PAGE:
All right.  More about two thirds of the project as opposed to the supply side with a small number being both.  And so that's the basics about the overall database.  Now, if you would, the control trials are some of the most exciting ones to us.  It makes the connection between the actual bill out of connectivity and the goals of healthcare, education and economic development which are needed to mobilize governments.  Even health ministers who are sympathetic to the idea of increasing connectivity will ask how much of my budget should I commit to this?  How much support should there be?

They have many obligations and many things they need to deliver.  They need some information about how this actually works, and the impact it has on the key indicators.  So this is called control trials and called difference in difference methodology which is the best methodology ‑‑ closest for attributing causation that we have in social sciences. 

So we have an on‑going project looking at economic activity and education.  We have two new projects.  One going on in Nepal.  To see if it improves healthcare outcomes pre‑natal and post‑natal outcomes.  And this is being done with partners.  Vanuatu is using connectivity for remote diagnosis.  You have to begin by porting over a mountain to get to the shore.  And then you have to decide which of the two available hospitals you can go to.  And both of them don't have full service.  So knowing which disorder you have you have to take one‑day journey by boat. 

So this is a two‑day commitment.  It's actually very interesting.  They think it's helped at least 70 people in six months improve their outcomes.  And more importantly, it's served as a crowd sourcing fund‑raising platform to allow people who could not afford to make the travel to make it possible for them to visit the island.  We've done the preliminary data on both of these and go back and do the back-end study in the coming year. 

In terms of cost analysis which is a big part of what we're doing, I think a critical contribution, what we're discovering is 62% of the projects we've studied have no revenue model whatsoever.  Some of them are technical trials to validate a technology, in which case I understand it.  But some of them are not.  Without a revenue model, there's no way they are sustainable.  Unless we can find a way to take a free service and transition it to a paid service.  The people who have tried to do that have found it to be relatively challenging.  We have recommendations coming from that.  Interestingly, the demand side interventions which are more of them have more of a problem in revenue than the supply side.  About two thirds of the supply side interventions have some form of revenue.  Two thirds of the demand side ones do not.  The problem is if that's the case, they will only survive as long as the grant‑making authority supplies them.  Even if it's digital literacy platform, if you are going to expect it to be sustainable, it needs to have a way to capture revenue from the benefits it provides to try to create some sort of synergy and longevity.  And unfortunately, that hasn't happened yet.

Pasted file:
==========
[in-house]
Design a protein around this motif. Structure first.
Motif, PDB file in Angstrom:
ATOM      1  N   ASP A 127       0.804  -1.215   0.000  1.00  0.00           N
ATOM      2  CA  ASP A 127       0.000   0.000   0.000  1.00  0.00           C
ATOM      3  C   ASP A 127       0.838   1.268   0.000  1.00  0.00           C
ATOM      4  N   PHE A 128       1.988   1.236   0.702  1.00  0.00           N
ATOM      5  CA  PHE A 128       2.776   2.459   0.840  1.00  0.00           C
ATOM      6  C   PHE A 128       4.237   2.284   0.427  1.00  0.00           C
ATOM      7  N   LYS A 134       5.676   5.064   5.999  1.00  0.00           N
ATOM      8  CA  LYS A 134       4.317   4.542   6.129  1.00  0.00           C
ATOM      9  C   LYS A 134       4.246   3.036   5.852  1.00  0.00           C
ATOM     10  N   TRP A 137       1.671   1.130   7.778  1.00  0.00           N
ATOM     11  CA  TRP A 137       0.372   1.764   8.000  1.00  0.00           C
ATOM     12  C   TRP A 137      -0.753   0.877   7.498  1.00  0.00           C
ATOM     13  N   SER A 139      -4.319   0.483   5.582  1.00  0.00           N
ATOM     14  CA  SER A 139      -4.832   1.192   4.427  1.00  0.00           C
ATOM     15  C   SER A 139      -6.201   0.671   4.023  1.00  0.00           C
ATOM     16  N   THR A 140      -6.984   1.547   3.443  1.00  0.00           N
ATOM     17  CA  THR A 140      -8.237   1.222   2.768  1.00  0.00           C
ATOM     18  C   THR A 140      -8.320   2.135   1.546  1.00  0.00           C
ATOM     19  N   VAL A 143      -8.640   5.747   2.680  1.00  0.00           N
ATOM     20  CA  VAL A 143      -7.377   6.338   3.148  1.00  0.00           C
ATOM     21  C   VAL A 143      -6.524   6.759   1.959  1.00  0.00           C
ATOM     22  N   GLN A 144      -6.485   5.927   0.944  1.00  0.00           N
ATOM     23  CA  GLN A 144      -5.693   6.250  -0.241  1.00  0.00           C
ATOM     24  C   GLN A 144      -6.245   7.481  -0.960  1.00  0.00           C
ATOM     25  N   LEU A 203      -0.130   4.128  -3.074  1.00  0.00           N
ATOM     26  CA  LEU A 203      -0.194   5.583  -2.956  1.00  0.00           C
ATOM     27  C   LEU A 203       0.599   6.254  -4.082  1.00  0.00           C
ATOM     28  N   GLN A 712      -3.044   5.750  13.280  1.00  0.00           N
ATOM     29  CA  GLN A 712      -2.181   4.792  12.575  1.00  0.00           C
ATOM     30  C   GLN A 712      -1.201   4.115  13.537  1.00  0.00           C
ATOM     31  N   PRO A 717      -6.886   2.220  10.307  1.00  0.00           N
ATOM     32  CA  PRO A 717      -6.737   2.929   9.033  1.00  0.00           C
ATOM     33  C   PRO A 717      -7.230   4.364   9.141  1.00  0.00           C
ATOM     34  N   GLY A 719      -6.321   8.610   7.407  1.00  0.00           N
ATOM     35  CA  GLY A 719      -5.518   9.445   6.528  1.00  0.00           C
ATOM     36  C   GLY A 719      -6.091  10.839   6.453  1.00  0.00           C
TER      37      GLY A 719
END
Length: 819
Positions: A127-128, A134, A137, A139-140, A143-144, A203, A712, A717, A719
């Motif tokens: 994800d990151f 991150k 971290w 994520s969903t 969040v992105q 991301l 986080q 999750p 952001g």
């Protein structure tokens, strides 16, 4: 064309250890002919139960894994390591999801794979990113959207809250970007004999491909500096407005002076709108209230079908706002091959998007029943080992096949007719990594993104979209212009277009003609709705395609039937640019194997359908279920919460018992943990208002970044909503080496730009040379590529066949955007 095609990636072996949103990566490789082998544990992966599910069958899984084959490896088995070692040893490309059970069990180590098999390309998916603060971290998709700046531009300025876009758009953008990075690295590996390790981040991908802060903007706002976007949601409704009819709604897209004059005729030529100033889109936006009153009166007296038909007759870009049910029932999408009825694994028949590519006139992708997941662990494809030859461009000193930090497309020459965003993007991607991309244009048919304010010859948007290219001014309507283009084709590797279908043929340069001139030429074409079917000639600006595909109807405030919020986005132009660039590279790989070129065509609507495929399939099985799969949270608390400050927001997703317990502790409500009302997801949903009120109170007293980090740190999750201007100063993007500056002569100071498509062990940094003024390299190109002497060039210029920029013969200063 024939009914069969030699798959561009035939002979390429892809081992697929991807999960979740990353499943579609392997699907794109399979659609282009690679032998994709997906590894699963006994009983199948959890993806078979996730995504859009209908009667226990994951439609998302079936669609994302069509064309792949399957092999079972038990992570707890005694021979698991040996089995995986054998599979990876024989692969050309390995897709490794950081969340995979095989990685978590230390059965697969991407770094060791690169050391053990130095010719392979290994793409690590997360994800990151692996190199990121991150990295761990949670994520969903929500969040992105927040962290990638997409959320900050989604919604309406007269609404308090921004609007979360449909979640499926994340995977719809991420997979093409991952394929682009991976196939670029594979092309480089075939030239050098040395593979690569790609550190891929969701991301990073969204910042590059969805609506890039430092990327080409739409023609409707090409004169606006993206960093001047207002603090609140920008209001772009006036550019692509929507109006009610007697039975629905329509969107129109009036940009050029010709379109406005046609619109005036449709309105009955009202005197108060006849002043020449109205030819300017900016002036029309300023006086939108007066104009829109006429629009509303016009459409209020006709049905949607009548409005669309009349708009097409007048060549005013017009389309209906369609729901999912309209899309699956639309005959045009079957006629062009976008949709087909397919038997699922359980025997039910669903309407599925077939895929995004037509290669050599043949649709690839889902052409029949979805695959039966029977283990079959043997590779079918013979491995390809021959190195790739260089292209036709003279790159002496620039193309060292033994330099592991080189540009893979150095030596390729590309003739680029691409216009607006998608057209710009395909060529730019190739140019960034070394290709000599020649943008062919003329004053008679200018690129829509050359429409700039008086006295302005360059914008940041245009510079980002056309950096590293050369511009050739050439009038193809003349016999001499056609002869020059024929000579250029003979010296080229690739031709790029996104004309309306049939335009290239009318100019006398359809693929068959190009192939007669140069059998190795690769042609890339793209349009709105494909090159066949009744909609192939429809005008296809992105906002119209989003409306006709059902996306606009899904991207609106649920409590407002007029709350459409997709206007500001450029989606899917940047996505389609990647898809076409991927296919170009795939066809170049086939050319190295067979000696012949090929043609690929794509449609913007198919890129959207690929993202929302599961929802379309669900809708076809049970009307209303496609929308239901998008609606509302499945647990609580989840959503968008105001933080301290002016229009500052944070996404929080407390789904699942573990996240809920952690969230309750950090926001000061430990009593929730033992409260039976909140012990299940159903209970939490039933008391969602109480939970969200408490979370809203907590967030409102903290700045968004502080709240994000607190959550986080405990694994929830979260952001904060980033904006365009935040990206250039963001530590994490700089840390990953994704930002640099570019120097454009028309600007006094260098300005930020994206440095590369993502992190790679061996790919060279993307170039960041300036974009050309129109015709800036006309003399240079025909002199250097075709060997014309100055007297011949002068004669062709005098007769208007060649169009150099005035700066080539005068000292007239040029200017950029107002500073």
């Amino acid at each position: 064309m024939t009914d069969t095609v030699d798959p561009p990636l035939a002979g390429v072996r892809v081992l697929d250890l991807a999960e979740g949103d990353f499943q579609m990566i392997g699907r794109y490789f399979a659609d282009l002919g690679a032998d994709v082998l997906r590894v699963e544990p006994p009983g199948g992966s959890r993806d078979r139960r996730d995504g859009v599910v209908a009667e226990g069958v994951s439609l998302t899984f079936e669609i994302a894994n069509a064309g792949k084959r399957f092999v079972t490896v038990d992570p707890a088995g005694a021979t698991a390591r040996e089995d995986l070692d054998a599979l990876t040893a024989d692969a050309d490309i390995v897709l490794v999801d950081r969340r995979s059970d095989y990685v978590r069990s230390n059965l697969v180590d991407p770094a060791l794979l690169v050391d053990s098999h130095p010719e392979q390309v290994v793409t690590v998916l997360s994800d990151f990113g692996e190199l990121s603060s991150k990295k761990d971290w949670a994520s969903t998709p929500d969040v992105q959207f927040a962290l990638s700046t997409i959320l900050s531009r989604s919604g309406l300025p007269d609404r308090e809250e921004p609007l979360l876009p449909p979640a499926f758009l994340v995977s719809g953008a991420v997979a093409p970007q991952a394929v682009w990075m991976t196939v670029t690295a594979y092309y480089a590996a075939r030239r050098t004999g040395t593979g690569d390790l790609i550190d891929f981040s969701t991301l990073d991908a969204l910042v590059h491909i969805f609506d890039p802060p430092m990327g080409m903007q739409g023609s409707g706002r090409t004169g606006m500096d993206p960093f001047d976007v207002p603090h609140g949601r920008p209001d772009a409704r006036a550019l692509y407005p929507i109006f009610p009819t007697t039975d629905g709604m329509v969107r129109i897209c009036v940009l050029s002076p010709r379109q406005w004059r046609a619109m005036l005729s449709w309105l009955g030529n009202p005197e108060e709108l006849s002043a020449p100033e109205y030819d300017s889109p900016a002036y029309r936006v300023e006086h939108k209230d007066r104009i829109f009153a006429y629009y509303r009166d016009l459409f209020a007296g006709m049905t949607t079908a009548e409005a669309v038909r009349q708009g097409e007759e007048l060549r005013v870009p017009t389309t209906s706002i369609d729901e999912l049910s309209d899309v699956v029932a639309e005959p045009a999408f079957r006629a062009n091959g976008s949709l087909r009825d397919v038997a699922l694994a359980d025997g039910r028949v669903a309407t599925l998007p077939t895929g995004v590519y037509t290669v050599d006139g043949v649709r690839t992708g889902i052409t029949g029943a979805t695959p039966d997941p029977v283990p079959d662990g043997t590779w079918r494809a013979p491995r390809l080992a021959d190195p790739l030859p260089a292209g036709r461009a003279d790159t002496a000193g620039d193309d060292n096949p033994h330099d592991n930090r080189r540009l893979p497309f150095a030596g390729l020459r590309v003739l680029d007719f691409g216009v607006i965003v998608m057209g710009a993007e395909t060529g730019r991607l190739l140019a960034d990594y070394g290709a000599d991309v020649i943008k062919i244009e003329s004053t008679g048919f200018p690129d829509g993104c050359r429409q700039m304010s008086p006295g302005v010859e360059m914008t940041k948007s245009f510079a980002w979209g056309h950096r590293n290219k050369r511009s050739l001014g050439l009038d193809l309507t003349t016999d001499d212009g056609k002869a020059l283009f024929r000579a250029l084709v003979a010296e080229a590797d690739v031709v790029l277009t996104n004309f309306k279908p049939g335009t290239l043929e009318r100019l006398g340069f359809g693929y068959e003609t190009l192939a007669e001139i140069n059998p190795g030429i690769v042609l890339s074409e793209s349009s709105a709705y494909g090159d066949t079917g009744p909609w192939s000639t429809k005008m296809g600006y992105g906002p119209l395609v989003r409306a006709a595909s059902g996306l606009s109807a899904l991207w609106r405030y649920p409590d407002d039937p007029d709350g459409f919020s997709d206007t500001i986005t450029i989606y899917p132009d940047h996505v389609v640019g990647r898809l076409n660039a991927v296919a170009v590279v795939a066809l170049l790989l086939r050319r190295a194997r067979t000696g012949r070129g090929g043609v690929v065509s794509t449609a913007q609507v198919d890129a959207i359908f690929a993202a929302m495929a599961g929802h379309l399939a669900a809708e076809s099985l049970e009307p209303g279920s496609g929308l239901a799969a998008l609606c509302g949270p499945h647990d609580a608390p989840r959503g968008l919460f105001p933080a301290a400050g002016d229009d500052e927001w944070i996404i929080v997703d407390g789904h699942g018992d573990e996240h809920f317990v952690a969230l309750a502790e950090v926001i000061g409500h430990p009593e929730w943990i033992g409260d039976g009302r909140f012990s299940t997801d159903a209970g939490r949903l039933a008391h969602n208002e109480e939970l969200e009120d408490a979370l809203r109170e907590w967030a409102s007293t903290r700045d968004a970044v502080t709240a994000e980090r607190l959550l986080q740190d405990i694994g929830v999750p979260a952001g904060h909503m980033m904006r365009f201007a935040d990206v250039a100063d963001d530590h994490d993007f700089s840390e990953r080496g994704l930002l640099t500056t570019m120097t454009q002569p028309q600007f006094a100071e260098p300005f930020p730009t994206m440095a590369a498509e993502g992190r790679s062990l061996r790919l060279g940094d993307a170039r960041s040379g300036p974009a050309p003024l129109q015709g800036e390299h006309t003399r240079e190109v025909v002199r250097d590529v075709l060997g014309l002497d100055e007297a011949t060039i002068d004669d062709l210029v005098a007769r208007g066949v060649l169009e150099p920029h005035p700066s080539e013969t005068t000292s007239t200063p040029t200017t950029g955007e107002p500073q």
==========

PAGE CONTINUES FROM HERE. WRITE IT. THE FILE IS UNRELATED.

The primary source of funding has been grants.  Government funding is a large number.  It's based on the type of funding that's different representation.  The grant‑based models have much bigger problem doing this.  And what I would suggest to a grant‑making authority is instead of throwing grants at projects that seem like nice ideas, the grant making authority should insist they have sustainable projectable revenue models so they can validate a business idea that could actually survive when they stop providing support but could allow it to be produced and ruled out to other places once it's proven to be successful.  That would be the best possible use of that grant money.